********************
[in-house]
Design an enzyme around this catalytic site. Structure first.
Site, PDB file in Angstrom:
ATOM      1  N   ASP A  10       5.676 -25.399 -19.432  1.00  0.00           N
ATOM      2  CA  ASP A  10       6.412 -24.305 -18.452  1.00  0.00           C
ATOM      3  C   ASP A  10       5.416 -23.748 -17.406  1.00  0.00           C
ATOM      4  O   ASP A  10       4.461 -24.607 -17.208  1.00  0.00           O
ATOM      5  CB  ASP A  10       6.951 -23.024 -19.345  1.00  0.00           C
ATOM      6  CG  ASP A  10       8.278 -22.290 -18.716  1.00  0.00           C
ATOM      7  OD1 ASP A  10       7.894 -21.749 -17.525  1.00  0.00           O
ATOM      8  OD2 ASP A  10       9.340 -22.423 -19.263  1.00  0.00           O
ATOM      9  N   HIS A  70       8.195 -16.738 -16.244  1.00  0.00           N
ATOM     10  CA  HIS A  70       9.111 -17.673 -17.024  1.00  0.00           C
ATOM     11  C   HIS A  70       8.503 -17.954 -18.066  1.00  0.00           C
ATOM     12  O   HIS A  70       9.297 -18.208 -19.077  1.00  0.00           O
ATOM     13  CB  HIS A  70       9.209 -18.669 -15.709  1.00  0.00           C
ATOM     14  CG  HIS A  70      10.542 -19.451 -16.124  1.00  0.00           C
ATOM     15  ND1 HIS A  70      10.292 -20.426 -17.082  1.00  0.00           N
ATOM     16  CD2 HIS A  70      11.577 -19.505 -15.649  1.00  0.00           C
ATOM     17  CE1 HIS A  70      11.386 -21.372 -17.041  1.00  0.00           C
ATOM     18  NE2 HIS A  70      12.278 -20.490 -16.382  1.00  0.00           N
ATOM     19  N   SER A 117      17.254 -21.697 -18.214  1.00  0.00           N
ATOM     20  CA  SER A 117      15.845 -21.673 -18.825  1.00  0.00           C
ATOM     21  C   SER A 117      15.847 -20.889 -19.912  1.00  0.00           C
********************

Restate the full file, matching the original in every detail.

[in-house]
Design an enzyme around this catalytic site. Structure first.
Site, PDB file in Angstrom:
ATOM      1  N   ASP A  10       5.676 -25.399 -19.432  1.00  0.00           N
ATOM      2  CA  ASP A  10       6.412 -24.305 -18.452  1.00  0.00           C
ATOM      3  C   ASP A  10       5.416 -23.748 -17.406  1.00  0.00           C
ATOM      4  O   ASP A  10       4.461 -24.607 -17.208  1.00  0.00           O
ATOM      5  CB  ASP A  10       6.951 -23.024 -19.345  1.00  0.00           C
ATOM      6  CG  ASP A  10       8.278 -22.290 -18.716  1.00  0.00           C
ATOM      7  OD1 ASP A  10       7.894 -21.749 -17.525  1.00  0.00           O
ATOM      8  OD2 ASP A  10       9.340 -22.423 -19.263  1.00  0.00           O
ATOM      9  N   HIS A  70       8.195 -16.738 -16.244  1.00  0.00           N
ATOM     10  CA  HIS A  70       9.111 -17.673 -17.024  1.00  0.00           C
ATOM     11  C   HIS A  70       8.503 -17.954 -18.066  1.00  0.00           C
ATOM     12  O   HIS A  70       9.297 -18.208 -19.077  1.00  0.00           O
ATOM     13  CB  HIS A  70       9.209 -18.669 -15.709  1.00  0.00           C
ATOM     14  CG  HIS A  70      10.542 -19.451 -16.124  1.00  0.00           C
ATOM     15  ND1 HIS A  70      10.292 -20.426 -17.082  1.00  0.00           N
ATOM     16  CD2 HIS A  70      11.577 -19.505 -15.649  1.00  0.00           C
ATOM     17  CE1 HIS A  70      11.386 -21.372 -17.041  1.00  0.00           C
ATOM     18  NE2 HIS A  70      12.278 -20.490 -16.382  1.00  0.00           N
ATOM     19  N   SER A 117      17.254 -21.697 -18.214  1.00  0.00           N
ATOM     20  CA  SER A 117      15.845 -21.673 -18.825  1.00  0.00           C
ATOM     21  C   SER A 117      15.847 -20.889 -19.912  1.00  0.00           C